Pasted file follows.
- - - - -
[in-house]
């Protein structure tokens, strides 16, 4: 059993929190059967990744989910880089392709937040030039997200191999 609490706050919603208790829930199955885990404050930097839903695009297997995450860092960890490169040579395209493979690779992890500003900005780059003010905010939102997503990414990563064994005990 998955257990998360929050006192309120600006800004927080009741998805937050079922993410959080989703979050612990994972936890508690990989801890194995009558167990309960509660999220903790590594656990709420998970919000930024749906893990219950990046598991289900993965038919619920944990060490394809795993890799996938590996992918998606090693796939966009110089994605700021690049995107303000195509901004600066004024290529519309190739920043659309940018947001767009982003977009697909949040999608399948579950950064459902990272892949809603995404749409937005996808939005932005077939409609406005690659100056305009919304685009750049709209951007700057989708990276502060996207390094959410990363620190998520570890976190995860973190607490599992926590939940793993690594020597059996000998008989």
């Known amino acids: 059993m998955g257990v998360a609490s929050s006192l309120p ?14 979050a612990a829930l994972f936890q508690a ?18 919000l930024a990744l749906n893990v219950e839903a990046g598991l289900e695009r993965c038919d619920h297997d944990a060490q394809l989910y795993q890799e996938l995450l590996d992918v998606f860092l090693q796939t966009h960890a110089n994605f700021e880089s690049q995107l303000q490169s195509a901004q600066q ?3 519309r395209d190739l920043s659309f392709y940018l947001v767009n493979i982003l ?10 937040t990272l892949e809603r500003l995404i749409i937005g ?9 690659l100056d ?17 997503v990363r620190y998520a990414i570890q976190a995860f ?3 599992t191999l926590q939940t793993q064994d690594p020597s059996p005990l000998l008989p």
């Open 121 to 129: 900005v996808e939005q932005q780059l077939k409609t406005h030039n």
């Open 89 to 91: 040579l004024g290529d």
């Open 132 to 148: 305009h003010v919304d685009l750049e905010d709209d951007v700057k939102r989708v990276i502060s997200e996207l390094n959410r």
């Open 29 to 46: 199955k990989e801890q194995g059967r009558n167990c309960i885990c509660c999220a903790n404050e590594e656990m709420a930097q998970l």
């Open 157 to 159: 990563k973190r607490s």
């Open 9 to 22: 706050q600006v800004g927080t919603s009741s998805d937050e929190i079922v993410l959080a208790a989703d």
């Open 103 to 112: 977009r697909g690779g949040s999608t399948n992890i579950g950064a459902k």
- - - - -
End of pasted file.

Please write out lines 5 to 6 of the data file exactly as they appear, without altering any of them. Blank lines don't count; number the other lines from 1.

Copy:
């Open 89 to 91: 040579l004024g290529d």
């Open 132 to 148: 305009h003010v919304d685009l750049e905010d709209d951007v700057k939102r989708v990276i502060s997200e996207l390094n959410r």